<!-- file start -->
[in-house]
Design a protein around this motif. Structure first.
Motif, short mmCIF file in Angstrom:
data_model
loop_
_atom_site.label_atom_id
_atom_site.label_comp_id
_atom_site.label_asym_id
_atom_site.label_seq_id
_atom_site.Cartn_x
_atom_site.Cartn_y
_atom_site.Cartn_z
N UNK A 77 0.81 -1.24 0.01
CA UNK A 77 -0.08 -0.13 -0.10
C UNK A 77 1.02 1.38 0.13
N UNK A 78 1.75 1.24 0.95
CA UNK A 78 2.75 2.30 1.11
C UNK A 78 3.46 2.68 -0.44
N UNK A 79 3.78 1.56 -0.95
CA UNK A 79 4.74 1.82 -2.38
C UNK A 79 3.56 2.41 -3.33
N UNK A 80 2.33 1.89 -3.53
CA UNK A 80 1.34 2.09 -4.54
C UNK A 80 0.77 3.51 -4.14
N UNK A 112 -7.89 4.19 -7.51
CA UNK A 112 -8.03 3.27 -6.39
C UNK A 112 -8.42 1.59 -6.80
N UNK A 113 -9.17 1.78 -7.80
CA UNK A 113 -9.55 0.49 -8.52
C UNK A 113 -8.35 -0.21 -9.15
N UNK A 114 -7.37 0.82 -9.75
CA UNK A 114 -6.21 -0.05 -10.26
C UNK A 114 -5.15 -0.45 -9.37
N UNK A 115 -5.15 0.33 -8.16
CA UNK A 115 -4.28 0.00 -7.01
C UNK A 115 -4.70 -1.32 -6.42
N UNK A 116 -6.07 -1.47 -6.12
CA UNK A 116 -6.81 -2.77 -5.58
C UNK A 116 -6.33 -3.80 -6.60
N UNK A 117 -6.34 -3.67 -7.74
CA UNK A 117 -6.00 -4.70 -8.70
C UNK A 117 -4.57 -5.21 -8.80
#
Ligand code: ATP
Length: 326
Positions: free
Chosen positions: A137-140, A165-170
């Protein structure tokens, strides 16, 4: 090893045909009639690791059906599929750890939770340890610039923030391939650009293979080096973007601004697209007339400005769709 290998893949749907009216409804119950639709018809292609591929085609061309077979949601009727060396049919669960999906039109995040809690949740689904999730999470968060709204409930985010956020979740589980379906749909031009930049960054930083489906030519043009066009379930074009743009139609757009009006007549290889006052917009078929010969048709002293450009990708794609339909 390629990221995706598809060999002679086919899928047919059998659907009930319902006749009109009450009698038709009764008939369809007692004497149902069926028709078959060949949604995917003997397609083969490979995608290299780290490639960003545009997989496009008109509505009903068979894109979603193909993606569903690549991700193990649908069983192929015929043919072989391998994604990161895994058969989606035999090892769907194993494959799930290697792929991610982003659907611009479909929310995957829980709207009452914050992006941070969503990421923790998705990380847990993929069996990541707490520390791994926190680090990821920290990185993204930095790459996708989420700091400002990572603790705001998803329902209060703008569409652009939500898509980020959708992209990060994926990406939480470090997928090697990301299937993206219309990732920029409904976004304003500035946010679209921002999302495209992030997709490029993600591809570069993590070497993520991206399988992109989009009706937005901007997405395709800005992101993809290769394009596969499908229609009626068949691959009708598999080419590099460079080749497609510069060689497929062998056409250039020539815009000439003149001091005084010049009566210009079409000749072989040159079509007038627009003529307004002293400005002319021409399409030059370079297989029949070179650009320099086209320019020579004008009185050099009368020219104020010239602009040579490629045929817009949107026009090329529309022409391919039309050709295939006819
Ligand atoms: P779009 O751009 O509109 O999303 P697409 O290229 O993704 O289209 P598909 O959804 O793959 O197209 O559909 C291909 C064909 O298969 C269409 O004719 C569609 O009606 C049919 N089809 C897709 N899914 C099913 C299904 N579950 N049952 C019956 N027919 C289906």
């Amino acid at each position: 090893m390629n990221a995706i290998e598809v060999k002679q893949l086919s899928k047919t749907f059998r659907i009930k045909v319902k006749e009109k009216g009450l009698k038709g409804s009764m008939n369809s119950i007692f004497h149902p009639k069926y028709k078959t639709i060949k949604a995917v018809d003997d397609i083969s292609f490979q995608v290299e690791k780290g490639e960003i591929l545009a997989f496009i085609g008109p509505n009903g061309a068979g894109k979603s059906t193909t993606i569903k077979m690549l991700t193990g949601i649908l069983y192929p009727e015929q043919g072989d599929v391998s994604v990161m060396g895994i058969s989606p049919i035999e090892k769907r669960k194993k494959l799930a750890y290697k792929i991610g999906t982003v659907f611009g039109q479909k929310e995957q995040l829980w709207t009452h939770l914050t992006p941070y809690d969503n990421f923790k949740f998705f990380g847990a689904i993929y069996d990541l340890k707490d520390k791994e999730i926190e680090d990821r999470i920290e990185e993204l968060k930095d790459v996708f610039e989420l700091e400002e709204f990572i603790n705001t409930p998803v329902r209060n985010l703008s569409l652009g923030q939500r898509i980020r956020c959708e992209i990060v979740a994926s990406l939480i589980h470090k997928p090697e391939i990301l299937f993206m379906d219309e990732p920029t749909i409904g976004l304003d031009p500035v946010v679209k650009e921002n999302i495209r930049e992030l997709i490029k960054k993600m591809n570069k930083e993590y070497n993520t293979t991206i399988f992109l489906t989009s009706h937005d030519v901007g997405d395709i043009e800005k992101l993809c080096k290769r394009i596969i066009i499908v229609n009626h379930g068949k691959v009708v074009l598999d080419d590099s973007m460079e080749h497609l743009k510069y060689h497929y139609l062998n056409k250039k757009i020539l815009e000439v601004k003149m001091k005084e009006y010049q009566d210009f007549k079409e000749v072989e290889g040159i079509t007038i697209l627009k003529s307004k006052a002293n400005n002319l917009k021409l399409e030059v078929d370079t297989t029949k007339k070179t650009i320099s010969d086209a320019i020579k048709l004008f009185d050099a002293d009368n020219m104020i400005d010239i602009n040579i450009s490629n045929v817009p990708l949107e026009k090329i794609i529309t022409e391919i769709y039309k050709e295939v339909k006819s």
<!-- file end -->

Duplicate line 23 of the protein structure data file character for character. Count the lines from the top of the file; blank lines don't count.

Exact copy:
CA UNK A 80 1.34 2.09 -4.54